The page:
Context:

The Union Government will introduce a Bill to regulate cryptocurrency and ostensibly ban all private cryptocurrencies, along with 25 other pieces of legislation, in the winter session of Parliament that begins on November 2021.

Relevance:

GS-II: Governance (Government Policies and Interventions, Issues arising out of the design and implementation of policies), GS-III: Indian Economy (Banking, Money, Monetary Policy), GS-III: Science and Technology (Developments in Science and Technology, Application of Technology in Daily life, Blockchain technology)

Dimensions of the Article:

  1. What are cryptocurrencies?
  2. How are they different from actual currency?
  3. How do cryptocurrencies derive their value?
  4. Highlights of the Cryptocurrency and Regulation of Official Digital Currency Bill, 2021
  5. Other developments regarding ban on cryptocurrencies

What are cryptocurrencies?

  • Cryptocurrencies are e-currencies that are based on decentralized technology and operate on a distributed public ledger called the blockchain.
  • Blockchain records all transactions updated and held by currency holders.
  • The technology allows people to make payments and store money digitally without having to use their names or a financial intermediary such as banks.
  • Cryptocurrency units such as Bitcoin are created through a ‘mining’ process which involves using a computer to solve numerical problems that generate coins.
  • Bitcoin was one of the first cryptocurrencies to be launched and was created in 2009.

How are they different from actual currency?

  • The Main difference is that unlike actual currencies cryptocurrencies are not issued by Governments.
  • Actual money is created or printed by the government which has a monopoly in terms of issuing currency. Central banks across the world issue paper notes and therefore create money and assign paper notes their value.
  • Money created through this process derives its value via government fiat, which is why the paper currency is also called fiat currency.
  • In the case of cryptocurrencies, the process of creating the currency is not monopolized as anyone can create it through the mining process.

How do cryptocurrencies derive their value?

  • Any currency has its value if it can be exchanged for goods or services and if it is a store of value (it can maintain purchasing power over time).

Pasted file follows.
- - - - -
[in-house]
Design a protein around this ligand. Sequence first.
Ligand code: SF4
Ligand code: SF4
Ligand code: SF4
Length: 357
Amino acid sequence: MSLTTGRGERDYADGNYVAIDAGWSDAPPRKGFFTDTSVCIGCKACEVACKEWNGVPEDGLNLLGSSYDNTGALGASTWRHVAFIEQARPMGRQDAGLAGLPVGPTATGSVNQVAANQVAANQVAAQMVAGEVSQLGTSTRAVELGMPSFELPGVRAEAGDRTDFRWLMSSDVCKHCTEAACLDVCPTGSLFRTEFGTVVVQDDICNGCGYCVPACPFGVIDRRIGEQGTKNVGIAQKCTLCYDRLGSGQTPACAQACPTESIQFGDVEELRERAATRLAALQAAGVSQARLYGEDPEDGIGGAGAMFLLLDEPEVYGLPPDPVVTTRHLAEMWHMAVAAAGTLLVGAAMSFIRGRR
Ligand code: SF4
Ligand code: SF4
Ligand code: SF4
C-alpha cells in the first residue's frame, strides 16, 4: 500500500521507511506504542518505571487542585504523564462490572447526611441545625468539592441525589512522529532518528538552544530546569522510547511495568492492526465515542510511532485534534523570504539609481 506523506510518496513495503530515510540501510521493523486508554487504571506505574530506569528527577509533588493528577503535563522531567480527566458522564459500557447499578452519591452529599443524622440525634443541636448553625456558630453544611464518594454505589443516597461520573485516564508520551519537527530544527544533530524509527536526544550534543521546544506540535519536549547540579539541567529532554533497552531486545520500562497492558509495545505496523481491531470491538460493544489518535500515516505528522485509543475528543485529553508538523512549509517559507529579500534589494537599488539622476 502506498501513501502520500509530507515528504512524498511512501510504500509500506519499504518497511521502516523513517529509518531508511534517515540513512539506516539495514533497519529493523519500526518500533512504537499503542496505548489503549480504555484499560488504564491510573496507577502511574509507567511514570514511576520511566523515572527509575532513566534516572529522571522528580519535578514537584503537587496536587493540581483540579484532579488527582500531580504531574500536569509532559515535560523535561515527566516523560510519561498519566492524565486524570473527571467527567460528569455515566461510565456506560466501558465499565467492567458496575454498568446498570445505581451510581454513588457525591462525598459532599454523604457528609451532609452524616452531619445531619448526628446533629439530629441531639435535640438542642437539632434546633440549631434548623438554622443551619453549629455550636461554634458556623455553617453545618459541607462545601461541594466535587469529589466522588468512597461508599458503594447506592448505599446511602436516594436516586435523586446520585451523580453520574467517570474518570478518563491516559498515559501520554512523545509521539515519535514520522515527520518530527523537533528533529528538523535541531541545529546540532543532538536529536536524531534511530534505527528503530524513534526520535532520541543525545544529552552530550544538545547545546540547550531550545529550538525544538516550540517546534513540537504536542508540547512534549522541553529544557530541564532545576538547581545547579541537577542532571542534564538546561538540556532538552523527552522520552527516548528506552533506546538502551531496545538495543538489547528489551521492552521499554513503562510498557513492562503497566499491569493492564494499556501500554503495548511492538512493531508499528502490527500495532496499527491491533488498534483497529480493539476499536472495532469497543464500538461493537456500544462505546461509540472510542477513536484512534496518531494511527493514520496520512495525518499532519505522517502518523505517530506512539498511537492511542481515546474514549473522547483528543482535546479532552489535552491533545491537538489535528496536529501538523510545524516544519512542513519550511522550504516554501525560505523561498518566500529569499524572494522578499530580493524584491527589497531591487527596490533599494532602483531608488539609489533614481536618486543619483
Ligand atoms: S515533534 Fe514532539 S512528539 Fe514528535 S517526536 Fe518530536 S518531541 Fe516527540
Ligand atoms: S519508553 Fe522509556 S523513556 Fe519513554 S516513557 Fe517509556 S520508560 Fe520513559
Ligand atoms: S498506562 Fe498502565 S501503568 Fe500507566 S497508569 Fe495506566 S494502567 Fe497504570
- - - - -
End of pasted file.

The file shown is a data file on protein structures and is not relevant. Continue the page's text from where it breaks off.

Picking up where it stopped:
• Cryptocurrencies, in contrast to fiat currencies, derive their value from exchanges.
  • The extent of involvement of the community in terms of demand and supply of cryptocurrencies helps determine their value.

Highlights of the Cryptocurrency and Regulation of Official Digital Currency Bill, 2021

  • The stated intent of the Cryptocurrency and Regulation of Official Digital Currency Bill, 2021 is to create a facilitative framework for creation of the official digital currency to be issued by the Reserve Bank of India.
  • The bill will also seek to prohibit all the private cryptocurrencies in India. However, the Crypto bill or Cryptocurrency Bill, 2021 will allow certain exceptions for facilitating the underlying technology of cryptocurrency and its uses.
  • The bill could also allow for the use of technologies known as blockchain and distributed ledgers, which underpin the cryptocurrency mechanism but have been used also to create secure records and identity management.

Highlights of the meeting: Reasons for banning Cryptocurrency

  • The meeting which was chaired by PM Modi on the way forward for Cryptocurrency and its uses strongly felt that the attempts of misleading the youth regarding Cryptocurrency must be immediately stopped.
  • The discussion was also held on the unregulated markets of Cryptocurrency that cannot be allowed to become the path for terror financing and money laundering.
  • The meeting on Cryptocurrency was an outcome of a consultative process. Previously, the Finance Ministry of India, Reserve Bank of India, and Home Affairs Ministry had already done an elaborate exercise on it, including the consulted experts from across India and the world.

Other developments regarding ban on cryptocurrencies

  • In October 2021, a note by Fitch Ratings, the exposure of American corporate and financial institutions to cryptocurrencies is predicted to grow – several companies, such as Tesla, have accepted Bitcoin for payments, and plan to resume doing so if concerns over their environmental impacts are addressed.
  • On September 2021, China banned cryptocurrencies and rolled out its own digital currency, known as the e-CNY.
  • A Fitch report on CBDCs from May 2021 said such digital currencies have the potential to boost cashless payments and wider digitalisation of economies. “For central banks in some emerging markets, a key driver for researching CBDCs is the opportunity to bring underbanked communities into the financial system, and improve the cost, speed and resilience of payments.”
  • While cryptocurrencies such as Bitcoin offer anonymity of the nature of cash bills and draw their value from its demand and supply, they do not carry any sovereign guarantees making collapses in value immitigable. On the other hand, CBDCs do not carry such risks but they do not offer the anonymity of cash.
  • Additionally, experts have raised concerns over the impact on banking institutions that currently act as intermediaries in the financial system.

-Source: The Hindu

Share this article on

Leave a Reply

Your email address will not be published. Required fields are marked *

Enable Notifications    OK No thanks